It may be possible to explore Luxembourg City with a leisurely stroll, but heading further afield requires a car – and a valid driving licence. What do newcomers from abroad need to know in order to drive legally in the grand duchy?

A licence issued by another EU or European Economic Area member state will still be valid in Luxembourg. The grand duchy introduced the standard European driving licence in January 2013. However, it is worth having your licence registered with the National Road Traffic Authority (Société nationale de circulation automobile, or SNCA), in case you ever need a replacement. Non-EU citizens can continue to drive under their existing licences for up to 12 months, after which they are required to exchange it for a Luxembourg licence.

Individuals without a driving licence who wish to obtain a permit for the first time in Luxembourg will be required to take a theory exam, testing their knowledge of the rules of the road, before they can take practical driving lessons on the road. Both tests can be taken in English.

Applicants for driving licences must be at least 16 years old for low-powered motorbikes or 17 years and six months for cars, although they cannot obtain a licence until they are 18.

The relative simplicity of the Luxembourg system gives it an edge as a location for learning to drive over neighbouring countries such as France, where the system has a reputation for being difficult, overly bureaucratic and expensive.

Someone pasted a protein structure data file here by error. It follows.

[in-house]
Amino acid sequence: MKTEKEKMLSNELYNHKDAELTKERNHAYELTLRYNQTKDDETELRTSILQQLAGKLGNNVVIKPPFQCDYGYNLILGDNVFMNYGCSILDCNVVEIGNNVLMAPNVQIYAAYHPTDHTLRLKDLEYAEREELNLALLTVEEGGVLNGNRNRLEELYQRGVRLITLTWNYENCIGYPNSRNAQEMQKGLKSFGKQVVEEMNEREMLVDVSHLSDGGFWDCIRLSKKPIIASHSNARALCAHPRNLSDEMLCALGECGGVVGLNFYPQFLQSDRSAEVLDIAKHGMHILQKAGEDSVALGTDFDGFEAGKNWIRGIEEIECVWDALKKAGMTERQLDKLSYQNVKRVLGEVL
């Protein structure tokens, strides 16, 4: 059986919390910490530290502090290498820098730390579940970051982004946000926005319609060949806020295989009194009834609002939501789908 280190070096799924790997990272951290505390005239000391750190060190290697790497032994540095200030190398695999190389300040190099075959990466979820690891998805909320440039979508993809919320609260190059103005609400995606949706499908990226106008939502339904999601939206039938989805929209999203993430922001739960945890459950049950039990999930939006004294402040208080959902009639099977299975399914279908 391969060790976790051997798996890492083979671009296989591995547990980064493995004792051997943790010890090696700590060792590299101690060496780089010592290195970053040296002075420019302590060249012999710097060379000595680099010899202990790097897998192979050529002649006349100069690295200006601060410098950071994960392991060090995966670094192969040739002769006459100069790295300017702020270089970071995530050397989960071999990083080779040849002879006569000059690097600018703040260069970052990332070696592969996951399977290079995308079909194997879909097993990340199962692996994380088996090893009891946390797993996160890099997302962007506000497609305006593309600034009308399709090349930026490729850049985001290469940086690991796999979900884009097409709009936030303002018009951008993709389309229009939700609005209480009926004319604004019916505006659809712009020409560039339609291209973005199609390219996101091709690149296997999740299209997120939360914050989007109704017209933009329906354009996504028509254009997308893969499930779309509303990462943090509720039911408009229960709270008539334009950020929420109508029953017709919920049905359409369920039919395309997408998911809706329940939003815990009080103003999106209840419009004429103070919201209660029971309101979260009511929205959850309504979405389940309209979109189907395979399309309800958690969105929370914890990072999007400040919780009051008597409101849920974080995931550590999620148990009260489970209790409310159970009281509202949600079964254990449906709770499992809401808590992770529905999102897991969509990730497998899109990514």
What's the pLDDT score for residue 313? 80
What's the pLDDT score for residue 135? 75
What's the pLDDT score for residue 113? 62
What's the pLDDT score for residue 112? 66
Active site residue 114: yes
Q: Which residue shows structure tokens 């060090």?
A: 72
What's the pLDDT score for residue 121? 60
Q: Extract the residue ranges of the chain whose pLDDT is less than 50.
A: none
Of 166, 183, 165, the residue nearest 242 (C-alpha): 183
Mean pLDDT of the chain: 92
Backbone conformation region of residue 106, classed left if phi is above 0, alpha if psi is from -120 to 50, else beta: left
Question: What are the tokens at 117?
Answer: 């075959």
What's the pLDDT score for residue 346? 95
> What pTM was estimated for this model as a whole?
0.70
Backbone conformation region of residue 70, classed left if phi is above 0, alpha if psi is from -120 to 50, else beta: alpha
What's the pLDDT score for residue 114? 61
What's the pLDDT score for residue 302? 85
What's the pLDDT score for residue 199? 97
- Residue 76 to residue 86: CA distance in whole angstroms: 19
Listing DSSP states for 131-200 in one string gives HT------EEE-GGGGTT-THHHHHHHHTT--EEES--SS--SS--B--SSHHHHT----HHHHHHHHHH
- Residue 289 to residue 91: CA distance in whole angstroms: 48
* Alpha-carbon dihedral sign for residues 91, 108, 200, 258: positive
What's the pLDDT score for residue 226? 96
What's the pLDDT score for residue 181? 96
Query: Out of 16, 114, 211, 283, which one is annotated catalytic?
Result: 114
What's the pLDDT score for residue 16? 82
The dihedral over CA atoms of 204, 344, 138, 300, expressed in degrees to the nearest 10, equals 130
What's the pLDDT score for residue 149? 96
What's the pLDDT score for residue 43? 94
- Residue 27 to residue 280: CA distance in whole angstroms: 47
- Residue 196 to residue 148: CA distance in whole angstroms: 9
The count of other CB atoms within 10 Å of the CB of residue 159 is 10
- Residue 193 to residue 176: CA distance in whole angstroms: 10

Driving schools

All driving lessons and preparation must be carried out with a registered driving school and candidates will need various documents, including proof of residence, a medical certificate and photo ID.

Learning to drive begins with theory lessons and a written or oral test. Applicants learn the Luxembourg Highway Code (Code de la Route), with learning aids provided by the driving school. They must successfully pass the theory test before beginning on-the-road practical driving lessons – a minimum of 16 hours driving with an instructor – followed by a one-hour practical examination.

Successful drivers remain subject to special rules for their first two years at the wheel. After passing the test, they initially receive a probationary licence that comes with various restrictions, such as lower speed limits and a reduced blood alcohol level.

Driving candidates must take a compulsory training course between three months (or after driving at least 3,000 kilometres) and two years, at the Colmar-Berg driver training centre (Centre de Formation pour Conducteurs, or CFC), in order to obtain a full licence.

Luxembourg’s driving rules are like those in most other European countries. The speed limit is 50 kph in urban areas, 90 kph in outside towns and 130 kph on motorways, or 110 kph when it’s raining or if conditions are otherwise impaired by the weather, as in France. The limit in Belgium is 120 kph.

Speeding offences attract on-the-spot fines. The drink-driving limit is 50mg of alcohol per 100ml of blood – the same as in France, but lower than the 80mg limit in the UK. For probationary drivers, the limit is just 20mg.

Equipped with a valid licence, large swathes of Europe are yours to explore, with Frankfurt, Brussels, Amsterdam, Paris and Cologne just a few hours’ drive away, and Switzerland, southern France and Northern Italy not much further. Happy motoring!


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